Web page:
The hgroup element was introduced to address this issue with ease. Therefore, it was removed from the HTML5 specification in April 2013, due to lack of implementations and lack of use cases, making its use invalid.

A possible solution to create a subtitle so that the paragraph is associated to the h1 is shown below:

<article>
   <h1>
       Main title
       <span>This is a subtitle</span>
   </h1>
   <p>This is the content of this section</p>
</article>

6. Images and accessibility

Is the alt attribute mandatory on img elements? If not, can you describe a scenario where it can be set to an empty value? Does an empty value affect accessibility in any way?

Answer

The alt attribute is mandatory on img elements but its value can be empty (i.e. alt=""). An empty value is recommended when the image shown is used for decorative purposes only and therefore isn’t part of the content of the page. With regards to accessibility, if the alt attribute is empty, screen readers will ignore the image. This is highly recommended because using a value of something like “Content separator” will only disturb the user when this text is spoken.

7. The time element

Is it possible to express a date range using a single time element?

Answer

No, it isn’t possible. The information can be expressed using two time elements though. For example to describe a time interval ranging from November 6, 2014 to November 9, 2014, a developer can write:

<time datetime="2014-11-06">6</time>-
<time datetime="2014-11-09">9 November 2014</time>

8. meter and progress

What’s the difference between the meter element and the progress element?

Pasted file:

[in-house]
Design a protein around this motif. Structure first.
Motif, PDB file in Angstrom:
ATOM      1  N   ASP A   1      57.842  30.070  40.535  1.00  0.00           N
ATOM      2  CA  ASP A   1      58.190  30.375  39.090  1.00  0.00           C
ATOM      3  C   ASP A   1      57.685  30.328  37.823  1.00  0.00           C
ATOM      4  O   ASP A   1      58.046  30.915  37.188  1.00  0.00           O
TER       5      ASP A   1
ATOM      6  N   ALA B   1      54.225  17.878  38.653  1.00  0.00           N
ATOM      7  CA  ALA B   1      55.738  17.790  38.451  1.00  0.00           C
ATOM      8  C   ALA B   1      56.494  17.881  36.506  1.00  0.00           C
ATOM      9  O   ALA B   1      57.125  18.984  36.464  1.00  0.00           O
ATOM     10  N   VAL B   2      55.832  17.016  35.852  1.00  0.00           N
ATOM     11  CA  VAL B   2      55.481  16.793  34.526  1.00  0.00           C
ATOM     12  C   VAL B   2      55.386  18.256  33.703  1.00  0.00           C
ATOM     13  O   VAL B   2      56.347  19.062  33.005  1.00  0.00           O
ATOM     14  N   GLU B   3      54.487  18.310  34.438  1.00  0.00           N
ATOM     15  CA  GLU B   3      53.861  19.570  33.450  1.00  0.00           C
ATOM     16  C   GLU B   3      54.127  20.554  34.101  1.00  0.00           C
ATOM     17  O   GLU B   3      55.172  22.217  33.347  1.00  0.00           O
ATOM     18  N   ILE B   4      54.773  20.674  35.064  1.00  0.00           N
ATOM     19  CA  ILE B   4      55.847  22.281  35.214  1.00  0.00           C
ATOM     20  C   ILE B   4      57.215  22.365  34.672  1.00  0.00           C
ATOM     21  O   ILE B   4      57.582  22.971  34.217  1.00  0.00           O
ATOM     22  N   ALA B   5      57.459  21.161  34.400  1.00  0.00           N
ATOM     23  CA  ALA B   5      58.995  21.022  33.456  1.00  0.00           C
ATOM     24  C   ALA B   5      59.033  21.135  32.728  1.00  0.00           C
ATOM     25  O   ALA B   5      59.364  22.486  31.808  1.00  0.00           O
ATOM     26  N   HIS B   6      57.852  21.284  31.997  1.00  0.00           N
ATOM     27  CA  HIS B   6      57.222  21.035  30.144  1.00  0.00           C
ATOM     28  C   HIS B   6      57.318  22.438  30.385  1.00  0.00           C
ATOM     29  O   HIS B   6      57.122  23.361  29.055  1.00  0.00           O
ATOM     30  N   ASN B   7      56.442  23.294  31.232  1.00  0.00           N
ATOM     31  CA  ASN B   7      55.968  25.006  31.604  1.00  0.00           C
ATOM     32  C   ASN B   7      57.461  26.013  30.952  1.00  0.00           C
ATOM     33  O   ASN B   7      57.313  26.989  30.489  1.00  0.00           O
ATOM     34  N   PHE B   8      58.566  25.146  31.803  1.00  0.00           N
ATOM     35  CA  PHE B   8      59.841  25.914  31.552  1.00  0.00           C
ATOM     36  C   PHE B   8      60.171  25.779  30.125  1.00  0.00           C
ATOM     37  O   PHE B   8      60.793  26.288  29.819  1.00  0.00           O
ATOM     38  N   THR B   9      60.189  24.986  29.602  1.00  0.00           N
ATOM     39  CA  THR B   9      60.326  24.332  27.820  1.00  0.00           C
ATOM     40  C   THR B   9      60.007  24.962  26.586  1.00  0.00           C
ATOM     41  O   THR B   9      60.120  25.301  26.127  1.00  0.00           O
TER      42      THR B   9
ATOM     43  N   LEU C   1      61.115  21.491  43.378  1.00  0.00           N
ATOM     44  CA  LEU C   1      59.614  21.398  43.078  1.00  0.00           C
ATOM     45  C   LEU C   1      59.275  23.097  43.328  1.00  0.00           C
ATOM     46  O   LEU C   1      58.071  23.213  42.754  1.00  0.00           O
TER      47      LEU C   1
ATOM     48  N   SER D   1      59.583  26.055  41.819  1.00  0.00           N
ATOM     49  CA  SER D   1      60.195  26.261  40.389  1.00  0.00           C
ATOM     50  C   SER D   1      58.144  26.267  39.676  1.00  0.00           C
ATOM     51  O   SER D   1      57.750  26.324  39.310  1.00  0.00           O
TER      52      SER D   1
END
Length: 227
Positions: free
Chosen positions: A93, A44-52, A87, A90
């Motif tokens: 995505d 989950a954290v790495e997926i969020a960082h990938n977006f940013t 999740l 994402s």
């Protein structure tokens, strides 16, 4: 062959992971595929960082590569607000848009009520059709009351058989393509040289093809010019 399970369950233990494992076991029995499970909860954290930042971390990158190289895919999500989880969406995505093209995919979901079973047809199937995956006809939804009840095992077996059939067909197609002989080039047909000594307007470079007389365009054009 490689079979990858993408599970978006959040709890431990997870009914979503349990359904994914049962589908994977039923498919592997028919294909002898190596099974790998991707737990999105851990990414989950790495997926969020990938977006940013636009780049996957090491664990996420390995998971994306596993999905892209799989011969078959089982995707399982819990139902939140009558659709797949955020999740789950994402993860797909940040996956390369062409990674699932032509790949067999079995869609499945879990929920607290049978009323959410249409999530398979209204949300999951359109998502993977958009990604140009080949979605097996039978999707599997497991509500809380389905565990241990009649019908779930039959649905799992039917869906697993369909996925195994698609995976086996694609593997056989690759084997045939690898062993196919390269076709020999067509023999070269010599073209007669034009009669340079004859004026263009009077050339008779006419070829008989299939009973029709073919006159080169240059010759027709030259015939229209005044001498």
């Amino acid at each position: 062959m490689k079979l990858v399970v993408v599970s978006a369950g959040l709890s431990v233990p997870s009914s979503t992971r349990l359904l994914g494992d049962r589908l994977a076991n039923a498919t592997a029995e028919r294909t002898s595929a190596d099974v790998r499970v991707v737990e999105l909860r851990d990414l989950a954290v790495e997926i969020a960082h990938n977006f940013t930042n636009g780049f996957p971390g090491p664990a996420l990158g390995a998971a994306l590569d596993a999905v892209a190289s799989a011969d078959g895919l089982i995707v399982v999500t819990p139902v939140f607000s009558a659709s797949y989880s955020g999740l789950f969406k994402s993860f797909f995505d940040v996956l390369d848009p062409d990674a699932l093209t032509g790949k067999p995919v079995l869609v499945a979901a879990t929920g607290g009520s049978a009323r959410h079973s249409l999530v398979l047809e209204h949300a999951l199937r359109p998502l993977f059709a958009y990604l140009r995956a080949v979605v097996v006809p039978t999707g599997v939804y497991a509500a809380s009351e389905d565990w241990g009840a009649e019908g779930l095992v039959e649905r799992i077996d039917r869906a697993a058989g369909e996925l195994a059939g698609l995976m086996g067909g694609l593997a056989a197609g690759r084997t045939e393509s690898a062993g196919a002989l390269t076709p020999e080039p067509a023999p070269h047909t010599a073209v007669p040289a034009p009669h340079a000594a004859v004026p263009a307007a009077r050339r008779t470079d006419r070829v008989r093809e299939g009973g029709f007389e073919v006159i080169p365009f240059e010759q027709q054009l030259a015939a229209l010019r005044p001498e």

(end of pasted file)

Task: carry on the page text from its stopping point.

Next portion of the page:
Answer

The meter element represents a scalar measurement within a known range, or a fractional value. This element isn’t a good fit to measure something like external temperature because it doesn’t have a fixed range. However, meter can be used to describe the occupied memory of a hard disk.

The progress element is used to show the completion progress of a task. Unlike the meter element, the progress described by progress can be indeterminate. For example you could describe that a given task is progressing but that it is unknown when the task will be completed.

9. The longdesc attribute

What is the longdesc attribute? Can you explain its purpose?

Answer

The longdesc attribute of the img element has been around since HTML 4 and is also valid in HTML5. This attribute is designed to provide a more detailed description of an image, compared to the information offered in the alt attribute. The interesting thing is that instead of providing a description by itself (like the alt attribute does), longdesc points to a hyperlink containing the description.